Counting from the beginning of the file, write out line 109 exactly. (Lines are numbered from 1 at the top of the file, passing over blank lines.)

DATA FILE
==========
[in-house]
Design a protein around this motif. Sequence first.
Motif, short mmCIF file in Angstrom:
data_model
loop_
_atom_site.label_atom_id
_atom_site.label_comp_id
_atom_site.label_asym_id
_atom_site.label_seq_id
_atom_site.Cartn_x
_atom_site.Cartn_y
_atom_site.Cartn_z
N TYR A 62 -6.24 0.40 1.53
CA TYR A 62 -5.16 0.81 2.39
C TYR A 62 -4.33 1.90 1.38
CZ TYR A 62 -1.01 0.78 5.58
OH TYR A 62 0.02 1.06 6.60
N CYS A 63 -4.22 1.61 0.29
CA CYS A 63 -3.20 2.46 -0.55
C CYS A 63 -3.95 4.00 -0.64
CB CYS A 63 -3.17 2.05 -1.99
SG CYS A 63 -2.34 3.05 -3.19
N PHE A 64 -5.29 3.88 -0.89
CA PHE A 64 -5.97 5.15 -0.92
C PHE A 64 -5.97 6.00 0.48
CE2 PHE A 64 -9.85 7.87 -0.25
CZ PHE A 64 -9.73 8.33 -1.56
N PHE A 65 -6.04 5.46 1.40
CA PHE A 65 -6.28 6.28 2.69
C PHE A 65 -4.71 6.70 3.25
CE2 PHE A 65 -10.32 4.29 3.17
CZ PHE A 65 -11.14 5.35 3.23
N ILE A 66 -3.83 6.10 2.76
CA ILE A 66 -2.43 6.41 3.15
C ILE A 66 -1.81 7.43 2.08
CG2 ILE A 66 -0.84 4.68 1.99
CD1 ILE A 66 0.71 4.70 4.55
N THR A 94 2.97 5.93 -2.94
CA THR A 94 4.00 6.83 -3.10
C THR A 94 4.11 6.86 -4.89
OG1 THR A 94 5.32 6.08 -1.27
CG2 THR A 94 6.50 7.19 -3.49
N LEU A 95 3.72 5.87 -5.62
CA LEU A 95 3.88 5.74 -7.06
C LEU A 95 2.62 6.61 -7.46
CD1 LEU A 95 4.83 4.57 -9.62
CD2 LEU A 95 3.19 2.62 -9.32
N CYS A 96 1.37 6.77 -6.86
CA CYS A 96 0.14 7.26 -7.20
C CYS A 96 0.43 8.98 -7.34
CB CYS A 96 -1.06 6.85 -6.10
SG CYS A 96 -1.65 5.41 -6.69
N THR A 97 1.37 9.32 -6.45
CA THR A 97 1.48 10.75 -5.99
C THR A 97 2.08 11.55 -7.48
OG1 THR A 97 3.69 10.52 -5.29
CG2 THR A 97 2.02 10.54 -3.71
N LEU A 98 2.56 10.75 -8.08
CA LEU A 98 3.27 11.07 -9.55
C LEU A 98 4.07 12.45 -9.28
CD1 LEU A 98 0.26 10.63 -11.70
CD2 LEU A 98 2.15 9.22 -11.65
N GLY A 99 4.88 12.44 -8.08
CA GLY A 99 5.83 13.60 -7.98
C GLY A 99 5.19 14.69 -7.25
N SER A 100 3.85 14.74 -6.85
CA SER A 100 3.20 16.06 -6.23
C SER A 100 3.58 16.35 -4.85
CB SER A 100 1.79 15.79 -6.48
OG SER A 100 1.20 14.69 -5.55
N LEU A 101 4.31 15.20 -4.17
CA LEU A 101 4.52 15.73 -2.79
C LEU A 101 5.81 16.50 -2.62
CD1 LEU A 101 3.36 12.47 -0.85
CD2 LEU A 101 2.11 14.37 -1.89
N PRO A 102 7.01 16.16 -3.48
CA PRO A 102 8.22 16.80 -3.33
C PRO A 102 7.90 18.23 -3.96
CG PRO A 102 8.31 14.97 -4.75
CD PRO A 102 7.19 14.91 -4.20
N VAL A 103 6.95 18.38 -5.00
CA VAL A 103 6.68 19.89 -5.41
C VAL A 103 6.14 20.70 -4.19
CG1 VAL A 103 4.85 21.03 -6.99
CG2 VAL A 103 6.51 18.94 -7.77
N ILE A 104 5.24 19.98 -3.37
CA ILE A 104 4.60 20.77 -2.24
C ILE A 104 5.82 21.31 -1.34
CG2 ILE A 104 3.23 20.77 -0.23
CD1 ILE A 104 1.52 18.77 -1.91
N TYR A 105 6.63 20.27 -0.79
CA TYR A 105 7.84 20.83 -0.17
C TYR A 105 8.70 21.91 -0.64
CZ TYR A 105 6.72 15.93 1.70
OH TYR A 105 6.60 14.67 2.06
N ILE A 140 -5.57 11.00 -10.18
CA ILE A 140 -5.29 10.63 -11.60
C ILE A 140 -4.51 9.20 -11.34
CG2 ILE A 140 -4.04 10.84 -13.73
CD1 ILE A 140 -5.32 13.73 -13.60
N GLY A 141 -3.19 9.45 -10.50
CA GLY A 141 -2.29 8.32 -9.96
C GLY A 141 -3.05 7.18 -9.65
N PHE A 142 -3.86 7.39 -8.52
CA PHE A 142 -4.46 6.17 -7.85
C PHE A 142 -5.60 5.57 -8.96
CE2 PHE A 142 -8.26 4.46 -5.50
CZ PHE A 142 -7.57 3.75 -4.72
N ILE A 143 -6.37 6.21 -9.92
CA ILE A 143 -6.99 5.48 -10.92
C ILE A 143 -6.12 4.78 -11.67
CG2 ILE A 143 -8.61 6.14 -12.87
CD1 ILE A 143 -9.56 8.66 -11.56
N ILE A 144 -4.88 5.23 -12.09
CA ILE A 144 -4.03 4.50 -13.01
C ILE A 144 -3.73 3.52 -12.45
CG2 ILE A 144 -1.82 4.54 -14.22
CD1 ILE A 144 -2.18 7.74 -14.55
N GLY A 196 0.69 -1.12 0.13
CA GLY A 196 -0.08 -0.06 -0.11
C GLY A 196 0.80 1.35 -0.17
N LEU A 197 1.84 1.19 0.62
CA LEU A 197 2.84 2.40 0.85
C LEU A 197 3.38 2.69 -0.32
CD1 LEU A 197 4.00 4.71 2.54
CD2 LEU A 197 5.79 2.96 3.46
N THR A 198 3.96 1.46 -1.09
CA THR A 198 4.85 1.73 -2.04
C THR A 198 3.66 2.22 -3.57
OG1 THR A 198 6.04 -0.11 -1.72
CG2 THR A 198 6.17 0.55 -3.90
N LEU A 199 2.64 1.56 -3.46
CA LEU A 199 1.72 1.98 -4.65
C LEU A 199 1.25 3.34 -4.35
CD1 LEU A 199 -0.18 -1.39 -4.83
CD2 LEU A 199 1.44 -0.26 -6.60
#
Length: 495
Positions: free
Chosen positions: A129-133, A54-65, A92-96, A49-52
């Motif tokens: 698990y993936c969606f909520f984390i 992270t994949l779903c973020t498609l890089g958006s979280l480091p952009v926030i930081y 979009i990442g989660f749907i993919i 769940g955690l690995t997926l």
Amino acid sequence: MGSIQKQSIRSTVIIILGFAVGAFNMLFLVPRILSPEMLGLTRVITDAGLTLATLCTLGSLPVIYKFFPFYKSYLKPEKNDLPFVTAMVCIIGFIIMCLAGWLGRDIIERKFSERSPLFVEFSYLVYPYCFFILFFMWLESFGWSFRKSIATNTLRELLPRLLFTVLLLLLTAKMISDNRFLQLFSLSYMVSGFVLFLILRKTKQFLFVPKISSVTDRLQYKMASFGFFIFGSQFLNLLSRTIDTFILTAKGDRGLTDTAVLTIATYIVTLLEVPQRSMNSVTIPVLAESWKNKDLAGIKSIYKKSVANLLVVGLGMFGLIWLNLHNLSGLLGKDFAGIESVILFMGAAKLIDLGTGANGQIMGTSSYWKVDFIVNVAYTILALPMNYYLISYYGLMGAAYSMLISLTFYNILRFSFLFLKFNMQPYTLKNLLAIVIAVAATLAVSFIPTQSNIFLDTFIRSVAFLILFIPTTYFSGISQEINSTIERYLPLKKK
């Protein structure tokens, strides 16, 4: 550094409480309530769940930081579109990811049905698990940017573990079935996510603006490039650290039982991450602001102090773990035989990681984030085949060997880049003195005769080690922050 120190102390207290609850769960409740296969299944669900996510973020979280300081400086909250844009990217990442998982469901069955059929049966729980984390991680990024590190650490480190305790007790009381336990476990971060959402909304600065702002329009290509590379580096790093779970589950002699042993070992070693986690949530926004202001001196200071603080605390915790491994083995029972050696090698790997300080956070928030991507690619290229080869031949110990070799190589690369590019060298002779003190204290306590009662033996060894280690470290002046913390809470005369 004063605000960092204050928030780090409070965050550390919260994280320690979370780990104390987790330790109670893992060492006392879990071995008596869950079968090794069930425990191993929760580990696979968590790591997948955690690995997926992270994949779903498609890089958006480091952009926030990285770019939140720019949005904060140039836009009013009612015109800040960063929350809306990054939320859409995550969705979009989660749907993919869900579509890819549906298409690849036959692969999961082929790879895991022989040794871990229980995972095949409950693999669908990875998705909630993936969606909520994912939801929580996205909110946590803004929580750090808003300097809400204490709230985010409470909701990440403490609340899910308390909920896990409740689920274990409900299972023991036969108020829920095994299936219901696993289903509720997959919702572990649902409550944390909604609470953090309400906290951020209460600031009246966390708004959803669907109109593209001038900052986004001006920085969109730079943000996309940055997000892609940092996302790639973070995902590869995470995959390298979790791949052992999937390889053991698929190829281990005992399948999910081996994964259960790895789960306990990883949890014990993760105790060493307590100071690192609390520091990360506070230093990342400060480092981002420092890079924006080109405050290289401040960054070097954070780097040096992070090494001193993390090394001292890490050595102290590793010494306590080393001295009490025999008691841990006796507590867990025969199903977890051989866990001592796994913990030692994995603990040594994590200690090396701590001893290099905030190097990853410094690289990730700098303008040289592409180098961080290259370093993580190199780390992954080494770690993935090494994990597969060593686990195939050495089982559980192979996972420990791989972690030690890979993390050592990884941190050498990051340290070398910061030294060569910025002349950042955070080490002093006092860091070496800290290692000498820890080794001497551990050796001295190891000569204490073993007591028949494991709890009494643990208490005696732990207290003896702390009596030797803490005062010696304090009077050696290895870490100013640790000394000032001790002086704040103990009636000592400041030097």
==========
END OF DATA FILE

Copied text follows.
N ILE A 143 -6.37 6.21 -9.92